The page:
Highly Sensitive People and Travel

Traveling is exciting, but it can also be incredibly overwhelming if you are a highly sensitive person (HSP). If you are highly sensitive you already know why. If you are not highly sensitive then seeing a travel experience through a HSP’s eyes is certainly worth trying. And if you are the parent of a highly sensitive child (HSC) then seeing traveling from your child’s stance will certainly help you support your child on your next trip.

The possibility of overstimulation in airports, stations, ferry ports and in traffic is phenomenal. Everything is new, unknown and busy.

I realised lately just how traveling impacts me and why I have become so reluctant to venture far on a plane in recent years.

Highly Sensitive People and Travel

I entered Amsterdam’s Schiphol airport through the revolving door and immediately hit a wall of people. I stopped walking and joined the masses.

I scoured the list of departing flights on the bright yellow framed boards looking for my flight number. Where did I need to be? Which direction did I need to head in to check-in? Which number desk did I need to find? I had no overview with the crowds around me. The noise of people chatting filled my ears. The feeling of stress as fellow passengers hurried over to check-in desks and gates hung over me like a dark grey angry rain cloud.

I worked out my route and snaked through the mass hovering near information boards and in check-in lines that had bulged out of the fencing meant to keep the queues orderly.

I found the check-in area I needed to be in. I joined the queue. I picked up all the  conversations in different languages around me; I felt the impatience of families with children behind me as the queue shuffled slowly forward.

I checked in and headed to passport control.

I was pushed into the line for the automated passport check, where I didn’t want to be. I wanted a person to hold my passport in their hand and check it and let me through. The automated computer route was an unknown entity to me. I watched travellers in front of me. Which way did I need to hold my passport? What did I need to press? Where did I need to stand? Was there help nearby if I needed it? My body was stiff with stress by the time it was my turn to go through the barrier.

I stepped up to the line and the waist high gate closed in front and behind me, reminding me of footage I had seen of sheep being herded for shearing. I felt eyes watching behind me as the queue waited impatiently for their turn in the barrier. I held my passport to the scanner. Nothing happened. The computer didn’t scan my photo as it should have done. The camera couldn’t pick up my features and “Wait for assistance’ flashed up on the screen. I pictured being hauled off by the Dutch Koninklijke Marechaussee to be interrogated about my passport and the reason for my travel. Then suddenly the gates in front of me opened and my ordeal was over. I was free. I was released from my temporary barricades. No police escorting me off to a secret room somewhere; I was free to continue my trip.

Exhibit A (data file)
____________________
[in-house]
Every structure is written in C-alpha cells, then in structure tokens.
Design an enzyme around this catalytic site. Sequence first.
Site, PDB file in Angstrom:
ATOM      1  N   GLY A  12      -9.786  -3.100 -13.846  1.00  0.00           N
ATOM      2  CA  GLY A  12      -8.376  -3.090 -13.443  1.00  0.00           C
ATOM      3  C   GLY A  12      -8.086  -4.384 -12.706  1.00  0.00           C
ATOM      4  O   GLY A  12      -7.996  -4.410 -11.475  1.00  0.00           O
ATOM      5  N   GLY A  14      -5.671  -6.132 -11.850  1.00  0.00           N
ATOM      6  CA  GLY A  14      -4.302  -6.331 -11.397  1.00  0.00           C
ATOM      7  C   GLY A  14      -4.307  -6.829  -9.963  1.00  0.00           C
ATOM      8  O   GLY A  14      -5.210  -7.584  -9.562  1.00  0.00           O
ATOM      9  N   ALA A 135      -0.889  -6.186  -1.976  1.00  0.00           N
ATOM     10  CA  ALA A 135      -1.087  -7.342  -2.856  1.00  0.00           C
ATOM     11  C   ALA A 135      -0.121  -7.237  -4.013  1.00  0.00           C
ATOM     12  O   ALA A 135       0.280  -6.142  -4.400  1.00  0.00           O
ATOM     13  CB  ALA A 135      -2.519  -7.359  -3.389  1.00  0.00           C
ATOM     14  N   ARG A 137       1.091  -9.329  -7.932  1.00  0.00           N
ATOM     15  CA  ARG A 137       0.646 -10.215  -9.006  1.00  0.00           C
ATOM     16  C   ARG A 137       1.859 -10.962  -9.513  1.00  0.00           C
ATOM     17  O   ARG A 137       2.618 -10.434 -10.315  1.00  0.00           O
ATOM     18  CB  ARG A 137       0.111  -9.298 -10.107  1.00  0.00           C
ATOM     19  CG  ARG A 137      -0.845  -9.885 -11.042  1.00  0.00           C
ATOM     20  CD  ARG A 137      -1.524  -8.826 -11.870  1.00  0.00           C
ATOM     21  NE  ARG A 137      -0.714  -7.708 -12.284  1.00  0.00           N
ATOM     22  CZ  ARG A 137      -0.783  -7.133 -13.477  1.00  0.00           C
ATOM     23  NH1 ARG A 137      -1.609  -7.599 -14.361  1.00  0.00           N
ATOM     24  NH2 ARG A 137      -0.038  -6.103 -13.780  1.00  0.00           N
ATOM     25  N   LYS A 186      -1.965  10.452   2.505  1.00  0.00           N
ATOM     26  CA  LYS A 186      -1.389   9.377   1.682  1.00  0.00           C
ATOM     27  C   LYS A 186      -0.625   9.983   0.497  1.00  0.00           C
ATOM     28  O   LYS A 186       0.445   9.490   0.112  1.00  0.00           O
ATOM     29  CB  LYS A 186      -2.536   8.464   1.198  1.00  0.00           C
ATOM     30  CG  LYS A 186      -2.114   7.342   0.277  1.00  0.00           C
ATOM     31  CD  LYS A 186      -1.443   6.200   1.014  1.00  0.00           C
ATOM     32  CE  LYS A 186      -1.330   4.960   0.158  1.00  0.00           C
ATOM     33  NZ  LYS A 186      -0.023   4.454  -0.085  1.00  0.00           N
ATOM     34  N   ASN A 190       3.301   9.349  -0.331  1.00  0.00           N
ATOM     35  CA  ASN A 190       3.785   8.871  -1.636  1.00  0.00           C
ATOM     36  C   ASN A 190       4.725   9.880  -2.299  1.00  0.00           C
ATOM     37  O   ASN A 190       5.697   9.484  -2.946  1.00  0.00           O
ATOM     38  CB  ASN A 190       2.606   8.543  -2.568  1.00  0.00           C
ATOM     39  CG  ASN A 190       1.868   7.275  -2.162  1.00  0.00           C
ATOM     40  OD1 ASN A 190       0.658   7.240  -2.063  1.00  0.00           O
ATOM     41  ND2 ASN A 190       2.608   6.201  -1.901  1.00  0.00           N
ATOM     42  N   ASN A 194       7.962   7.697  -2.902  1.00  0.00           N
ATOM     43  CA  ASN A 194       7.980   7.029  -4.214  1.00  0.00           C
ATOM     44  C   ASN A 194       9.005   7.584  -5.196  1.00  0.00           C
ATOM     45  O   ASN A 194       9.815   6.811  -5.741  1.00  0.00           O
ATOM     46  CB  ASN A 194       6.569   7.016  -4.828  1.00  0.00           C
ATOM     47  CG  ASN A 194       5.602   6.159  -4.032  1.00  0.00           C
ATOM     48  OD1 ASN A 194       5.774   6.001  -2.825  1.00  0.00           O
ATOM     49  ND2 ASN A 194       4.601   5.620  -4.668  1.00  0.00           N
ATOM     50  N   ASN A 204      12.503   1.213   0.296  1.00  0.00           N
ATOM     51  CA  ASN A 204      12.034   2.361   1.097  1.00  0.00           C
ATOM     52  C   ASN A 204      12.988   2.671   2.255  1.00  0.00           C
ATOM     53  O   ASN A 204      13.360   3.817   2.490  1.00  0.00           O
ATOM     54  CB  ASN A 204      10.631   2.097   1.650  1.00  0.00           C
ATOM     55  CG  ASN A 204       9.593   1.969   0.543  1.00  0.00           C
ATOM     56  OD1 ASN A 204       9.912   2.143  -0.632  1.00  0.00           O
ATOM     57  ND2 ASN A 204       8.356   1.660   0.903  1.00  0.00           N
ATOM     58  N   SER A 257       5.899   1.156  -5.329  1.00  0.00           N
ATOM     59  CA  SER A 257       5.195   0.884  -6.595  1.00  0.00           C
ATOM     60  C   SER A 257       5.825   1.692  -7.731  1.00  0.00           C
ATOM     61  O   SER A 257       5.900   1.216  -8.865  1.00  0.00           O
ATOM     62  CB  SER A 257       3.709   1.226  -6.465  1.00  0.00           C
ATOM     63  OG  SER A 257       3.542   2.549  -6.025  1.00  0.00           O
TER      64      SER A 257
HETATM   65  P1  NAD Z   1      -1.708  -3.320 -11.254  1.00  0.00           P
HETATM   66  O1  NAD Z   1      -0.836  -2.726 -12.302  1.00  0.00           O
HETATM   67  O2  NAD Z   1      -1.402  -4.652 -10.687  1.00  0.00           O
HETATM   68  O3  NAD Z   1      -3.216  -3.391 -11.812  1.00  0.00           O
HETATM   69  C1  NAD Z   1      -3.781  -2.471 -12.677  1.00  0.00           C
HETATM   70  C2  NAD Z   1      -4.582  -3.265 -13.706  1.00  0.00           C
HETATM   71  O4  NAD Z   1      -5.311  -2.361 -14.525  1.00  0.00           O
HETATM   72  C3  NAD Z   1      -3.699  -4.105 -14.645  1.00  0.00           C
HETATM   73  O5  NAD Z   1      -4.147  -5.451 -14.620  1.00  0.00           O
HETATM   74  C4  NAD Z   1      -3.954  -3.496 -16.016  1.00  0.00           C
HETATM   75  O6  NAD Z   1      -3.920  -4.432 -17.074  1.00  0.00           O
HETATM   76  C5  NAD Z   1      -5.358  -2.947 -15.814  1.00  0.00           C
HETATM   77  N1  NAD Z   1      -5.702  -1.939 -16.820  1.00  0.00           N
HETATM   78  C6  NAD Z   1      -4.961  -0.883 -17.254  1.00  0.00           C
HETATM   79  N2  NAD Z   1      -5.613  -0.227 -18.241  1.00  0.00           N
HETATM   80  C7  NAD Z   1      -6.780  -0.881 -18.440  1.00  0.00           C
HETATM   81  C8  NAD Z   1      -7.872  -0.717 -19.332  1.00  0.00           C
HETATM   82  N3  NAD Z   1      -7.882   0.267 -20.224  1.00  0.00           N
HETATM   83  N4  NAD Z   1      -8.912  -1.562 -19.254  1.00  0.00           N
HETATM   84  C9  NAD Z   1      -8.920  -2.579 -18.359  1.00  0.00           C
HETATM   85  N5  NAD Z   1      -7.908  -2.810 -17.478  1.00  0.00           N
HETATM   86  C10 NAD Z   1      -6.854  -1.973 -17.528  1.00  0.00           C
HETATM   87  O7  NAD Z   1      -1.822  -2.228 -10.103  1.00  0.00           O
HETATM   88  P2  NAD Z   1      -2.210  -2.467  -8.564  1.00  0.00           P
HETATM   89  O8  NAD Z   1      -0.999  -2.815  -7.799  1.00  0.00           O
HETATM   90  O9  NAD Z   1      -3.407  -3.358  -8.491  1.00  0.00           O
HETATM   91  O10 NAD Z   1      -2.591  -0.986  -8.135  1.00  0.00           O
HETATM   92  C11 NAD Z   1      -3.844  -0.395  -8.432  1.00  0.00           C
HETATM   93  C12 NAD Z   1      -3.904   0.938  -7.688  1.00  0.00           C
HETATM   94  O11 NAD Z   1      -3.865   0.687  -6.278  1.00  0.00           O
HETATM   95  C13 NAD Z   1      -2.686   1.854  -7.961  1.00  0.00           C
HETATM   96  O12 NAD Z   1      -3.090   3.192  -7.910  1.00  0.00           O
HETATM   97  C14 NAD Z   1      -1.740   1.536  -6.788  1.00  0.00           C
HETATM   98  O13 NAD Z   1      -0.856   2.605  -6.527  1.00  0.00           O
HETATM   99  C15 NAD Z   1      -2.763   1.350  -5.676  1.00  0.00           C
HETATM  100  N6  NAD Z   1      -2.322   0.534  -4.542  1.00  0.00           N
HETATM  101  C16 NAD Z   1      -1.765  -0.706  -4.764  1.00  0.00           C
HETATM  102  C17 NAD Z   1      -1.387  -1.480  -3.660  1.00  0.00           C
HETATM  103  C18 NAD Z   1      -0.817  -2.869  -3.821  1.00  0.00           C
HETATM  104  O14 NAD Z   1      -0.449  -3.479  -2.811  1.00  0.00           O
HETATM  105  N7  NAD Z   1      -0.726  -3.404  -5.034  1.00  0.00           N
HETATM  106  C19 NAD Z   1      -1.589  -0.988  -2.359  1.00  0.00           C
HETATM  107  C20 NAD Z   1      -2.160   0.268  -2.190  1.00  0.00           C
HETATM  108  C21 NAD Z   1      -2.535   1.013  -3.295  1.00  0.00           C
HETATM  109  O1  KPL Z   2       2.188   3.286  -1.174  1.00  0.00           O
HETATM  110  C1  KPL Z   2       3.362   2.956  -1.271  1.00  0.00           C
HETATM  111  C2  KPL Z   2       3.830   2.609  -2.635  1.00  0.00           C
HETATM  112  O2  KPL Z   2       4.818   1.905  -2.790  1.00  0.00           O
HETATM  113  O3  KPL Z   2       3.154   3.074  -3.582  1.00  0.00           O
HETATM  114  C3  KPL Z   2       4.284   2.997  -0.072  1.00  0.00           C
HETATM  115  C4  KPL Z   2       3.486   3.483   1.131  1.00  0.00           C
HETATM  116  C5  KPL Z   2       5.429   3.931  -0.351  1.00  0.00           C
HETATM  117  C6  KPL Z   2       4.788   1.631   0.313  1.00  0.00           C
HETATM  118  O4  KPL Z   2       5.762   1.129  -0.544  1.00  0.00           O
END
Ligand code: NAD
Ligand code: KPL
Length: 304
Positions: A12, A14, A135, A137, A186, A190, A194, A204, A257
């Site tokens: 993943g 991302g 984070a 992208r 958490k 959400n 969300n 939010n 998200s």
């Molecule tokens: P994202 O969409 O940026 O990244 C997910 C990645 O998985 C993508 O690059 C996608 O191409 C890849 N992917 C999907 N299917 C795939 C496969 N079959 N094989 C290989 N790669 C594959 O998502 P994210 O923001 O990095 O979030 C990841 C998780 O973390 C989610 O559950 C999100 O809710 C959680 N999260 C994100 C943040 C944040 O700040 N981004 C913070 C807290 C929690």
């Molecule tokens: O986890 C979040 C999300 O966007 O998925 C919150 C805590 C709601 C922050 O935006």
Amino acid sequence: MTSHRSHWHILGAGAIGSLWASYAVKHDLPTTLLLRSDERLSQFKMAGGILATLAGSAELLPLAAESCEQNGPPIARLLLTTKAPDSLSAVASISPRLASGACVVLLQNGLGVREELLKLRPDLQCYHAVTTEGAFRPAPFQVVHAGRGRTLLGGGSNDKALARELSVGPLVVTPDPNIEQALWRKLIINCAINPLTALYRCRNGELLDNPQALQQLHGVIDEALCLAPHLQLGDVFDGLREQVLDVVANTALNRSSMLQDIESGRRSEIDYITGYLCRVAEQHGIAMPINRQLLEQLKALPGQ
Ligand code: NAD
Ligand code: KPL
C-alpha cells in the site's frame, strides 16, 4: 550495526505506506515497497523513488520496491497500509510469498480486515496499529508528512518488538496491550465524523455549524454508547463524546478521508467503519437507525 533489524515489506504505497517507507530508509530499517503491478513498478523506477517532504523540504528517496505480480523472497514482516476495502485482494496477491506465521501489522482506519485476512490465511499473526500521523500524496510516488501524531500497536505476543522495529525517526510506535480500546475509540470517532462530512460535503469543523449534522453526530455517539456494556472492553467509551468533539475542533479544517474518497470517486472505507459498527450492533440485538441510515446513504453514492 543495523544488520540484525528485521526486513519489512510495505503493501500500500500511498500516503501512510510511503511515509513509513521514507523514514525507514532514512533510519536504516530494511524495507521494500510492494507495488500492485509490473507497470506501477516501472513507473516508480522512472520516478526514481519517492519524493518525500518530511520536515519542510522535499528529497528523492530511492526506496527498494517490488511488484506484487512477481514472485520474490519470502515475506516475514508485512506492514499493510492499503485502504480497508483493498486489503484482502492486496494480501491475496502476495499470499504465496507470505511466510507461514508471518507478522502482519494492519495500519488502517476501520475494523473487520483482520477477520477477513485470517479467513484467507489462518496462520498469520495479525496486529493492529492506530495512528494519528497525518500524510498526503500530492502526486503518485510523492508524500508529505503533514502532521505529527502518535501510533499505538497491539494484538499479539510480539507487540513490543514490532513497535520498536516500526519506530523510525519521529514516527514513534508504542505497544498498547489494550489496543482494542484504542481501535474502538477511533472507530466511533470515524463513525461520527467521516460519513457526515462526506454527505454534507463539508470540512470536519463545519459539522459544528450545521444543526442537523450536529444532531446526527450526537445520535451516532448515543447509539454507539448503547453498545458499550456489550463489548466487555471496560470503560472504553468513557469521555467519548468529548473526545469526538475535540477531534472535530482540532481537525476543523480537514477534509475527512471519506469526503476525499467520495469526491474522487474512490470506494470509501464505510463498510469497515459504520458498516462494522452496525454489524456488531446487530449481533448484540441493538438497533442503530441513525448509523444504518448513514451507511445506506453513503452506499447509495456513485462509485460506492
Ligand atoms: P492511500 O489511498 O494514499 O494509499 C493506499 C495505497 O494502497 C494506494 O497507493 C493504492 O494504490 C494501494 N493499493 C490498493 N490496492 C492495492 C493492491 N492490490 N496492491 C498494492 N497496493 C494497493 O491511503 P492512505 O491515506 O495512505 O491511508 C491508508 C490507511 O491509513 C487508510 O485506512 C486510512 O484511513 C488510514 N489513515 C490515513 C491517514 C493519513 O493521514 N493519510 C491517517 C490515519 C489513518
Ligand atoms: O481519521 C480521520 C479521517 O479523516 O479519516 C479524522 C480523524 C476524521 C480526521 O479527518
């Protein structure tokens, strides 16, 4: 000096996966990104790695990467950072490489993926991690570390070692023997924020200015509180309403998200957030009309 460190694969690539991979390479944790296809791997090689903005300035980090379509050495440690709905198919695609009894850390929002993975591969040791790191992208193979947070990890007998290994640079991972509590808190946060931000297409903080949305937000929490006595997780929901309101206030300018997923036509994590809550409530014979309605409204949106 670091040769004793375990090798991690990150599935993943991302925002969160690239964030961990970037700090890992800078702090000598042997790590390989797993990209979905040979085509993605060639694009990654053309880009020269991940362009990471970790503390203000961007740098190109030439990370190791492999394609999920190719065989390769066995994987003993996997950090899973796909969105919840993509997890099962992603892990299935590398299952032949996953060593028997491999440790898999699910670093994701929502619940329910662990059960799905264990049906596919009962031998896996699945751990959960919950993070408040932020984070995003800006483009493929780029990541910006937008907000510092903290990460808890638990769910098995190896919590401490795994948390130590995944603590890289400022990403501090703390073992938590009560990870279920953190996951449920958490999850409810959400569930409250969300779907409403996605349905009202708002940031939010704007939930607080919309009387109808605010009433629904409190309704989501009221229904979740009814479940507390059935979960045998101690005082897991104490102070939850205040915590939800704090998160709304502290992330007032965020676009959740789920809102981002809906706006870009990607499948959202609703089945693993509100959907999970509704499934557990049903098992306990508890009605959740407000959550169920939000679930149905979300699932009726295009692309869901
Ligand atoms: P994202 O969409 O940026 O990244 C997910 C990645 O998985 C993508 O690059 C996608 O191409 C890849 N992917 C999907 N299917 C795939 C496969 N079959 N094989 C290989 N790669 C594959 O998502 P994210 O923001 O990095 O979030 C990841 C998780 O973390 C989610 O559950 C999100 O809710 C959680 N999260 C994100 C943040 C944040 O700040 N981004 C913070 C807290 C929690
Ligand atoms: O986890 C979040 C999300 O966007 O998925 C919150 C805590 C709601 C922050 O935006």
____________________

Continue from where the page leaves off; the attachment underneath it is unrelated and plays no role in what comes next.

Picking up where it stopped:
I set off for the next part of the travel experience – security.

First I had to take my iPad out of its cover, I had to take my liquids out of my bag, I had to take off my coat. I stood in a lone line, which thankfully moved quickly. I was ushered to a ‘spot’ marked on the ground where I was to wait until security personnel called me over. Which eventually they did.

Three trays filled with my belongings spread over them headed down the conveyer belt, through the scanner. I stayed put, waiting for the queue to go through the body scan machine. I am totally aware of all the noise around me, of security staff issuing instructions to hundreds of people manoeuvring their way around the security measures – ones implemented because of the threat of terrorism I should add, a threat that fails to leave a small place at the back of my mind the entire time as I wander around the airport.

The body scan is completed. A security officer asks me to stand on a pair of feet drawn on the floor outside of the machine. I am asked to take off my boots. I obey and I watch as he takes them away and they disappear through a second scanner. The shoe bomber springs to mind. I walk the short distance to the scanner on my sock clad feet. I am fully aware that the floor is hard and dirty.

I collect my suitcase, my handbag, my jacket, my electronic device and my liquids from various grey plastic trays that have piled up at the bottom of the conveyer belt, joining  a group of people trying to gather their belongings together too. Do I have everything? I go through a mental list in my head of all the things I placed in the trays. I try to reassemble my personal stuff so I can comfortably carry it all again and I wait to be reunited with my boots, arms laden.

Soon everything is where it should be. My boots are on my feet. My coat is back on. My deodorant and perfume are back in my suitcase and I have my handbag over my shoulder. I can make my way to the departure gate. Along with all the other travellers who are either sitting on every available chair in the departure lounge, queuing for coffee and cake or buying duty free items in the expansive shops around the lounge.

I find an empty space to sit in. I know my bucket is full. I am emotionally drained. I am physically exhausted. And I am yet to board my plane.

I don’t travel often by plane, and as I sit I realise why.

I also know why my highly sensitive children don’t make great travellers.

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About Amanda van Mulligen

Mother, writer, author, blogger. I was born in Britain but live in the Netherlands. I have three Dutch sons and a Dutch husband and I blog about Turning Dutch and raising highly sensitive children.
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